I do sincerely hope that if you choose to follow DR’s strategy, you are one of the lucky 60% and not one of the unlucky 40%. If you are married, I hope your wife is in the lucky half who can afford food and electricity and not in the unlucky half who can’t. (And it is just luck. It will depend upon the exact market returns during your retirement years, which cannot be controlled.)

    Myself, I do not intend to rely on luck. I will use the tools available to me: asset allocation and a sensible withdrawal rate. By following them, I am faced with a 5% failure rate, and I will take that over 50% any day of the week.

  10. Petunia 100 says

    I also want to point out, the distinction about asset class is important not because DR is using the term incorrectly, but because diversifying amongst asset classes is how volatility is reduced. If you want your nest egg to last your lifetime, it is crucial to minimize your portfolio’s volatility.

    There are only 2 asset classes in DR’s suggested portfolio. Buying a growth fund, a growth & income fund, and a mid-cap fund will not reduce volatility. They are all the same asset class. Only the international fund offers any reduction in volatility.

    DR’s suggested portfolio is a two-legged stool.

    • says

      Hello again,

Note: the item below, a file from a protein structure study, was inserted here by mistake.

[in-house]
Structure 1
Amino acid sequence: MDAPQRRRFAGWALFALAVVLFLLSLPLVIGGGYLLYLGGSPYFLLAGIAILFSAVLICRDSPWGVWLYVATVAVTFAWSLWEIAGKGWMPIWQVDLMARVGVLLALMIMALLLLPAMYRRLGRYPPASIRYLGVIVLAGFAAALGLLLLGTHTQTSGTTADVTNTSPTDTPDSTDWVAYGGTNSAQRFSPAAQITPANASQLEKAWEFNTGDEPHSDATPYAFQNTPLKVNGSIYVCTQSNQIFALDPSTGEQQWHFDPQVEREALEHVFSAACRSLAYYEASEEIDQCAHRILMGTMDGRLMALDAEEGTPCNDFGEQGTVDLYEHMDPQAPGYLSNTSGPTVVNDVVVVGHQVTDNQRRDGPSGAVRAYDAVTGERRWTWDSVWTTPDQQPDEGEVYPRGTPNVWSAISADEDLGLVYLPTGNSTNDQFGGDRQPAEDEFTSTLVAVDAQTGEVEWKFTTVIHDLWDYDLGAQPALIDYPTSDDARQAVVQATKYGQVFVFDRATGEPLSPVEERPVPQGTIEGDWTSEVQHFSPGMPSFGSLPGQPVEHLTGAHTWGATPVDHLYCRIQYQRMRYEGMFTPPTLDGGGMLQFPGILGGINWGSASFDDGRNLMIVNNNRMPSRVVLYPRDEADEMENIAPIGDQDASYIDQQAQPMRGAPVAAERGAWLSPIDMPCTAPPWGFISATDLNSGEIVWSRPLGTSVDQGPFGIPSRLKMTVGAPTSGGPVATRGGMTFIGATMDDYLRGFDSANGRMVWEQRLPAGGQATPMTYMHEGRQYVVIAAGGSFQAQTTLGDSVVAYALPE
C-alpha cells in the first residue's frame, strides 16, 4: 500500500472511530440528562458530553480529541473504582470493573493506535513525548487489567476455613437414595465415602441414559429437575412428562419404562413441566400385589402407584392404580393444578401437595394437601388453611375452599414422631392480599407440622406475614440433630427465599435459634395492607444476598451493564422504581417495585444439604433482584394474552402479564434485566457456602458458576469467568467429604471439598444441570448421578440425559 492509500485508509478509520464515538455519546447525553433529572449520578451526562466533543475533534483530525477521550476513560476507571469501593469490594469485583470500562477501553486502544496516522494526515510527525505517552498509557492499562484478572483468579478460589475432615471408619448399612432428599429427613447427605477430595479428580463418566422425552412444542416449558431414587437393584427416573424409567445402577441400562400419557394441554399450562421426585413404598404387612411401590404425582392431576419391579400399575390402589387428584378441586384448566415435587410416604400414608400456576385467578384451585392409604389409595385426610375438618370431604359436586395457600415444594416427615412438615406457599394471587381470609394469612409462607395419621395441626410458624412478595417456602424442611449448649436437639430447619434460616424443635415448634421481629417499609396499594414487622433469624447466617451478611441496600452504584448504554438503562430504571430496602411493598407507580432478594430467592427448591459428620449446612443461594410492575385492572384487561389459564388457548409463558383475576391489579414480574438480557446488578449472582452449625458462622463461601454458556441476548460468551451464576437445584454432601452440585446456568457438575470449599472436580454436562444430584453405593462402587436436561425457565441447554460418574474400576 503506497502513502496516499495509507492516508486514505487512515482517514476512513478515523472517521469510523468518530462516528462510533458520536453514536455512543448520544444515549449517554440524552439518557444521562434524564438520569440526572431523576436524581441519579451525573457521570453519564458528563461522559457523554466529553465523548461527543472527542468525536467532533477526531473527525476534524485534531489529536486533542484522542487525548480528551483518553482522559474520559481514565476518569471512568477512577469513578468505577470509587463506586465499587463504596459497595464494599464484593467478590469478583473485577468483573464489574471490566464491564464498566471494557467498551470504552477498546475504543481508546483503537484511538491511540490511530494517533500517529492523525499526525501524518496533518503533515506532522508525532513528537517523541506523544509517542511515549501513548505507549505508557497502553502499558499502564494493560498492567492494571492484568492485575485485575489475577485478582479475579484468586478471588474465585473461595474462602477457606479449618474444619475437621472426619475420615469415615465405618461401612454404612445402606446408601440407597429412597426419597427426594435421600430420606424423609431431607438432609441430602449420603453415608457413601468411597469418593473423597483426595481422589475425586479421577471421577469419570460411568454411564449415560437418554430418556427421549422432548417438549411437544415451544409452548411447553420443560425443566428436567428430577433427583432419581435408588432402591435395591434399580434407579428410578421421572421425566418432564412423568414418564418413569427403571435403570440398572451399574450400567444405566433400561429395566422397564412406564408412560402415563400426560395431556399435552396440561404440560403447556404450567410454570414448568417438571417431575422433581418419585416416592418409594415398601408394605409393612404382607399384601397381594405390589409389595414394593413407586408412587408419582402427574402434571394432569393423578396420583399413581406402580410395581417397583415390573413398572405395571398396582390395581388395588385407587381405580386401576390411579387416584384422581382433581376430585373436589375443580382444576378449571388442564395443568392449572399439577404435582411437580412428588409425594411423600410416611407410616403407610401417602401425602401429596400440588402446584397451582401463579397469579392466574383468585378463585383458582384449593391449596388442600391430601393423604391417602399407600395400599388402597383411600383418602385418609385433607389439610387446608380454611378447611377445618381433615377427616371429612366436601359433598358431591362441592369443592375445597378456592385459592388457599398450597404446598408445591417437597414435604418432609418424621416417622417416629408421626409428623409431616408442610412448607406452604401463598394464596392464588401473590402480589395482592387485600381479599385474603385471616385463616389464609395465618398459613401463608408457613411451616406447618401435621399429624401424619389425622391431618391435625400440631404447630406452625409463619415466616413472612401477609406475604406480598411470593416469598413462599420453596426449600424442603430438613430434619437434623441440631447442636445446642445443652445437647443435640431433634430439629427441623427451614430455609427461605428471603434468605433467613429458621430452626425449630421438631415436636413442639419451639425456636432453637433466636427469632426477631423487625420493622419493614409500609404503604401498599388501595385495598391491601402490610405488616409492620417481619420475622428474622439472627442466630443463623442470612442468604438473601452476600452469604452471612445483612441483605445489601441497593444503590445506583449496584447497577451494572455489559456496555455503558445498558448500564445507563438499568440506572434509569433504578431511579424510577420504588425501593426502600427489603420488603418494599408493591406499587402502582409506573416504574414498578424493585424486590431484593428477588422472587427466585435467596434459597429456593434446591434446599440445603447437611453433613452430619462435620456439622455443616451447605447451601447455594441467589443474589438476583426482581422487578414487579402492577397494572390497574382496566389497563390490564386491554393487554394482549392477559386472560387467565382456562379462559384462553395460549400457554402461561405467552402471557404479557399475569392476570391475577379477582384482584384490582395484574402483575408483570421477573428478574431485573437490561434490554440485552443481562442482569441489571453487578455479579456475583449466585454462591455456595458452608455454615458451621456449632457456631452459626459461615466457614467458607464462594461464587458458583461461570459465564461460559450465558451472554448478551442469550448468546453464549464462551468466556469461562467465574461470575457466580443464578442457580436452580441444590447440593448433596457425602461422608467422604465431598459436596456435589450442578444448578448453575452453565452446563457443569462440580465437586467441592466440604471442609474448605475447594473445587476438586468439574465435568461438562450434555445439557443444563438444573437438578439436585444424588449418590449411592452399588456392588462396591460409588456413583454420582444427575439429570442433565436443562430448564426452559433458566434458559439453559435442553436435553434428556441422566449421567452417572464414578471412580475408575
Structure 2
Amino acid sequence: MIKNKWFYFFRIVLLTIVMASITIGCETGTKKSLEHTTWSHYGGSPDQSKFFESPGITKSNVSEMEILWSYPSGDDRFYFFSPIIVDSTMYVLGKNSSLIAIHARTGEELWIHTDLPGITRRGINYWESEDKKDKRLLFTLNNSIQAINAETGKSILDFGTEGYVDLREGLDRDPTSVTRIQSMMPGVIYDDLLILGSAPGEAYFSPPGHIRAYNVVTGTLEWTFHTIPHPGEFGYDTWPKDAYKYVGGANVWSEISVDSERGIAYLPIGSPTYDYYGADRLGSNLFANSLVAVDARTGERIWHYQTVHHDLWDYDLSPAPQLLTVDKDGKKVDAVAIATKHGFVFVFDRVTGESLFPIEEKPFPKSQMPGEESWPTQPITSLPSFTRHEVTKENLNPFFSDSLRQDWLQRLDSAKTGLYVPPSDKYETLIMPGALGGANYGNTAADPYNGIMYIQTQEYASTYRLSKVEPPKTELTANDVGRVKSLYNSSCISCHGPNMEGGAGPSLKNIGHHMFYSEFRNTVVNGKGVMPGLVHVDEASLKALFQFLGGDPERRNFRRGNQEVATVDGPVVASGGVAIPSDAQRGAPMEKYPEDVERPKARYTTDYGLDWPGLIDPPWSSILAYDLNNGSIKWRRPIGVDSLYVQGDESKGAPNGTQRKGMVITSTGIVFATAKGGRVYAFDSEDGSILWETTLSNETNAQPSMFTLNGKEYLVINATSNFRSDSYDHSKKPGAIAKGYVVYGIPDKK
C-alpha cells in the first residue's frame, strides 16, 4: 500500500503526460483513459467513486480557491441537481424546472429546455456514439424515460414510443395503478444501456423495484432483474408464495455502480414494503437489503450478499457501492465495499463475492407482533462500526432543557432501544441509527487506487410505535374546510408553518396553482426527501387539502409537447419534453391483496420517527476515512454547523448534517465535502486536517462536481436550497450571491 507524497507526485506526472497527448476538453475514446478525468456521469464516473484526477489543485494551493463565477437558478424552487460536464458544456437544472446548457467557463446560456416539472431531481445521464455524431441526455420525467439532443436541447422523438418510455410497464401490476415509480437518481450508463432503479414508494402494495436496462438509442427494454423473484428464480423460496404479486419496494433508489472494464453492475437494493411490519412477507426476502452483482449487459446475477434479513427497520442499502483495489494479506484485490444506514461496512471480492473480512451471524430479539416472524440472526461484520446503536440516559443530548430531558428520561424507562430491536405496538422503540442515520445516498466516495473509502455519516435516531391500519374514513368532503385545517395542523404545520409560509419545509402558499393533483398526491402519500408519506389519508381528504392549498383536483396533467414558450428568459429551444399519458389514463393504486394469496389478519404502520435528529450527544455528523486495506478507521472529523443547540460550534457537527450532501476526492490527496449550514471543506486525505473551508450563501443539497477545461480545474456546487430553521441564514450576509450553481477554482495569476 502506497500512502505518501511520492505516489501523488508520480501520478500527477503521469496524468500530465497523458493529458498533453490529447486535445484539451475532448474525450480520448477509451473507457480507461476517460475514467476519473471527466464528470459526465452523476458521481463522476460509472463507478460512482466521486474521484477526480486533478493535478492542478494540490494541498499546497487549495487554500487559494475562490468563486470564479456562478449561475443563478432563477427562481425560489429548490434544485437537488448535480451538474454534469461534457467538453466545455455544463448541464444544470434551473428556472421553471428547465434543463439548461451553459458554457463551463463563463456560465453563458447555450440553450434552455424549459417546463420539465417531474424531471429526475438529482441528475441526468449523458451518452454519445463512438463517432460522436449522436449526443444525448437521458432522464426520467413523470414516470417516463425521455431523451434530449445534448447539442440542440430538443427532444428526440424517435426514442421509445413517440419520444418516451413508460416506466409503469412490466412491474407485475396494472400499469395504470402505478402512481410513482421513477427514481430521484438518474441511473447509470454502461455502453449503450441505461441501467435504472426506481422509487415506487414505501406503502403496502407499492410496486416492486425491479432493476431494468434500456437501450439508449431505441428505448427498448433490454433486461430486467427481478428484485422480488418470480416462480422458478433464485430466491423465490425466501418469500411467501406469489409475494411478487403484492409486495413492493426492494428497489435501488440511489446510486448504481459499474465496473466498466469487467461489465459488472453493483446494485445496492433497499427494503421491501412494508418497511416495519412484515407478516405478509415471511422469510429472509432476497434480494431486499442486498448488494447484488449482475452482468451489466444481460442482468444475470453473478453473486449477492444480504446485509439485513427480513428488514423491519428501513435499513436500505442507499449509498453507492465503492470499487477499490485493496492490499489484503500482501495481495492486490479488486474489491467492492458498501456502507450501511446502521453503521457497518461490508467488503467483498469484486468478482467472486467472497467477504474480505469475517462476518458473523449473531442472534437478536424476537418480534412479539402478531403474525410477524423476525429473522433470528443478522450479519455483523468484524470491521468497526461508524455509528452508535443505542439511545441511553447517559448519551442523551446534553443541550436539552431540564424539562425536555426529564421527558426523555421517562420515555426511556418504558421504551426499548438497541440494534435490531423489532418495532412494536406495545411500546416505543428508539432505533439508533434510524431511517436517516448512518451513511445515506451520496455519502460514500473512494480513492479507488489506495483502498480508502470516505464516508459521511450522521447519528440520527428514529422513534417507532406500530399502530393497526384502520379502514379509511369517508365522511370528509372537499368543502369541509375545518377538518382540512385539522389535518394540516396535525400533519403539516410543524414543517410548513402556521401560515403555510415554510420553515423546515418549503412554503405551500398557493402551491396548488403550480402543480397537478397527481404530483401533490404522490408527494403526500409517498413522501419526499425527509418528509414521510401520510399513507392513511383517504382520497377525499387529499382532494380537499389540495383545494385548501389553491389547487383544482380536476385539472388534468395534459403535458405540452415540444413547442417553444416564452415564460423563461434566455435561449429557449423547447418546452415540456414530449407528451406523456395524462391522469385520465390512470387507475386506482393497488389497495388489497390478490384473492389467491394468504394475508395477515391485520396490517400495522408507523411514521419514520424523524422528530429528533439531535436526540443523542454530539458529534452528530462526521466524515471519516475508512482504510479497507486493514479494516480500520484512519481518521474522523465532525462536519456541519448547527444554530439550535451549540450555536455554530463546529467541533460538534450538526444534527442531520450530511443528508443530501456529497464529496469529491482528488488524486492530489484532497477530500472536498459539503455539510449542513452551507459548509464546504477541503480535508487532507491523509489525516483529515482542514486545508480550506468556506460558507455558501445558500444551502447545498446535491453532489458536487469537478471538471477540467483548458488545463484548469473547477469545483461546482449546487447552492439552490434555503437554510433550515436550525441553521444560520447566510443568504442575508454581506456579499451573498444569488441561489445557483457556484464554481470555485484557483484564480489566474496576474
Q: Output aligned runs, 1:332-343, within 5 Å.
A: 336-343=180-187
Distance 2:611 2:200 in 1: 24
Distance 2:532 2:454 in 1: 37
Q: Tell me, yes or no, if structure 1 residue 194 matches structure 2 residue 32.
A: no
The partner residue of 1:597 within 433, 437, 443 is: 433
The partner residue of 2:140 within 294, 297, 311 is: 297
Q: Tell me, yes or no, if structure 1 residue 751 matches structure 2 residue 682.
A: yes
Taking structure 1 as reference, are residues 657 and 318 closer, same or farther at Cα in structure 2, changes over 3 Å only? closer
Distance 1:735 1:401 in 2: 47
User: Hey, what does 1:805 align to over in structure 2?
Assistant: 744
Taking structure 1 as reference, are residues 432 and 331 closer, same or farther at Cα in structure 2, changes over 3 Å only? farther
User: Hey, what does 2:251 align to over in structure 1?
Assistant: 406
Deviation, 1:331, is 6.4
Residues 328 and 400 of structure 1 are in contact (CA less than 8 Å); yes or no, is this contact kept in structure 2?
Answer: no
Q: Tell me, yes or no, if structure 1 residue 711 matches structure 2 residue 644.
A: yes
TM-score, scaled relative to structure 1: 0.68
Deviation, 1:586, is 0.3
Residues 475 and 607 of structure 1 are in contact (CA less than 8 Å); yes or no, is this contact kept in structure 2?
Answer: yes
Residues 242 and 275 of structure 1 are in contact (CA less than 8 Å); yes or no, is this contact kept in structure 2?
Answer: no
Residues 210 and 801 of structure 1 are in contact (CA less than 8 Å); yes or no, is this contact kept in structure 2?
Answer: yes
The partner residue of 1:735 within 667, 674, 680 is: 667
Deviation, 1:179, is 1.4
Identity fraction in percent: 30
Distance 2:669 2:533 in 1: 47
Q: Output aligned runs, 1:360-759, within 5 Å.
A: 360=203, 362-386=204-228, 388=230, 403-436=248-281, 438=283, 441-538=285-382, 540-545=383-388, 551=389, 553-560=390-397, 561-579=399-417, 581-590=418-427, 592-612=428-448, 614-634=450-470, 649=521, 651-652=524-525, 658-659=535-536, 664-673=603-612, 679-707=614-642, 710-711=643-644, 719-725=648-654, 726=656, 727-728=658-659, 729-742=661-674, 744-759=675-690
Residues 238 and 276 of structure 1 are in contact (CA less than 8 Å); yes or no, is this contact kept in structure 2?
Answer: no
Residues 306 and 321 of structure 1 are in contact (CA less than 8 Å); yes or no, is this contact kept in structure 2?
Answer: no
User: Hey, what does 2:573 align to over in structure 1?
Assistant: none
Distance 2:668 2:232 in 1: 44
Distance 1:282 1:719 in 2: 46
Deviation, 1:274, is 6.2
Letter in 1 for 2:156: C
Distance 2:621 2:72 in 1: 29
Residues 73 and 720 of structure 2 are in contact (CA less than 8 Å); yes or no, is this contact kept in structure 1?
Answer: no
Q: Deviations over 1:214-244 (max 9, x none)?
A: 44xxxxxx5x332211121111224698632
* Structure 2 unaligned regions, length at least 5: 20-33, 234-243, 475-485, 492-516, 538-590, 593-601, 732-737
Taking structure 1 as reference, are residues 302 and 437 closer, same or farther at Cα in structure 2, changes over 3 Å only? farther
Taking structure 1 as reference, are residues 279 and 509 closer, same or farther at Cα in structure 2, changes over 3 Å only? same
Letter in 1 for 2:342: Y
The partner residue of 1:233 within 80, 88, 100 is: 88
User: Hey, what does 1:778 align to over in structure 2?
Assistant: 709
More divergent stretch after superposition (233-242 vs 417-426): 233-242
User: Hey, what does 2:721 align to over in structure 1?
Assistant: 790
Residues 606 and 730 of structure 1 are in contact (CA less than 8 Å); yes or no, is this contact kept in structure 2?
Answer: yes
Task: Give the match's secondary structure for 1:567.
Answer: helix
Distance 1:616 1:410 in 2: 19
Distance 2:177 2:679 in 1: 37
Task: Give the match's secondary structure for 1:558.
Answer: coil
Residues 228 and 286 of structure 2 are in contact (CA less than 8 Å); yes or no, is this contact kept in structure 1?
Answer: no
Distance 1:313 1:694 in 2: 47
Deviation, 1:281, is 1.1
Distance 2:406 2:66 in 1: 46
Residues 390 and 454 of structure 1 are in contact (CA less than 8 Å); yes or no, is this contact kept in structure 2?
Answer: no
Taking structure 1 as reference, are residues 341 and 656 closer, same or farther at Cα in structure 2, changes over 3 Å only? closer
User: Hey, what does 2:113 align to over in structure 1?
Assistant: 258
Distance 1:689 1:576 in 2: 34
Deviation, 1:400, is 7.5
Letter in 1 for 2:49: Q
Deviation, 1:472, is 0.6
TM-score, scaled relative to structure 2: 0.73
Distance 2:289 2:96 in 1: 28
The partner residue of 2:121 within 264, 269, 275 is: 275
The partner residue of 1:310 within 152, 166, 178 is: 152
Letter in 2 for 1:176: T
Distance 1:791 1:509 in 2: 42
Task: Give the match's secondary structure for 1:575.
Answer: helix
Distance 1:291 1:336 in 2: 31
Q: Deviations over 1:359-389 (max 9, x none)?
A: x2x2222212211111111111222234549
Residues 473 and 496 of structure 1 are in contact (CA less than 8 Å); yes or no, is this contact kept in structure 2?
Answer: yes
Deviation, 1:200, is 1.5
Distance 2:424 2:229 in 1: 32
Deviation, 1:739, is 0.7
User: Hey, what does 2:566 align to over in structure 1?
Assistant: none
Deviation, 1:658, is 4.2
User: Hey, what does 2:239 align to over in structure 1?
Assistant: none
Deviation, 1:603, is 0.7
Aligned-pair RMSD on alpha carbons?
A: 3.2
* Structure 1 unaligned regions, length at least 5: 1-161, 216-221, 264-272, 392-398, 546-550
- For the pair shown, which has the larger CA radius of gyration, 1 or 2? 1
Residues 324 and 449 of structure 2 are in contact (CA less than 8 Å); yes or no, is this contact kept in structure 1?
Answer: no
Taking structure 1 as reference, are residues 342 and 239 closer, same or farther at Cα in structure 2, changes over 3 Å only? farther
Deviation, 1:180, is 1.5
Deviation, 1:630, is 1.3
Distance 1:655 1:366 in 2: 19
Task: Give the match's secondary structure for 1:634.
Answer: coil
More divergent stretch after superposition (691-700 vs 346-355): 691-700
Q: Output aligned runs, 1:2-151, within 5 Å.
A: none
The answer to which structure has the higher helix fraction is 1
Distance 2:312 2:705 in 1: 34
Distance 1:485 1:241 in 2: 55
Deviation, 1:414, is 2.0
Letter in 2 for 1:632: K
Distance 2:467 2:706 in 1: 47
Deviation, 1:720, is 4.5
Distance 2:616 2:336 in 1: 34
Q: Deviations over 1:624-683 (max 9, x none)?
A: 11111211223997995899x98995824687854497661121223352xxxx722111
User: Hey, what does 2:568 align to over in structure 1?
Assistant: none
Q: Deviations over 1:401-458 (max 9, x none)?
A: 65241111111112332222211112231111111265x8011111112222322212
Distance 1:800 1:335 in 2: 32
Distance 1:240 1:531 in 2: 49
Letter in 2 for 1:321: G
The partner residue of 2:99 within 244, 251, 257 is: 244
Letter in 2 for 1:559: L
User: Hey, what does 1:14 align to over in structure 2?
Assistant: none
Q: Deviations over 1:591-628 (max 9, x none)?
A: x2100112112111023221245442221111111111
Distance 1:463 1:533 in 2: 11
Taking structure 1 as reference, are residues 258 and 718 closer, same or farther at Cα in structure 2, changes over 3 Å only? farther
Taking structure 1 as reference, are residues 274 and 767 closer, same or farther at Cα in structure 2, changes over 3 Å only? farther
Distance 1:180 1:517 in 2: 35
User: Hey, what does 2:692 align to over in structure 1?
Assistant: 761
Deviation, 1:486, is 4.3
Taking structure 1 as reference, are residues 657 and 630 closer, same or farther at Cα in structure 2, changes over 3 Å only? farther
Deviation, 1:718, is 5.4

Petunia I’m curious if you have ever read DR’s book, taken his course, or studied Dave’s suggested allocations … I only responded to the two terms (growth and growth/income) you mentioned in your first post. Dave actually recommends more. But once again, you’ve been inaccurate in reflecting Dave’s suggested breakdown for investing in Mutual Funds. There are four types of funds DR suggests. (Note: Craig incorrectly identified one of these in his original post “Mid Cap” … This should have read “Aggressive Growth”). I’m assuming this is why you referred to Mid Cap. Both within his book and classes he breaks down the various types of funds within the four categories. He also describes all of the various assest classes you’ve previously listed and does recommend diversification through mutual funds into some of those assest classes. (Please note it was Craig who used the term assest allocation when describing DR’s strategy … it wasn’t DR. But it should also be noted Craig attempted to clarify the manner in which he was using it.)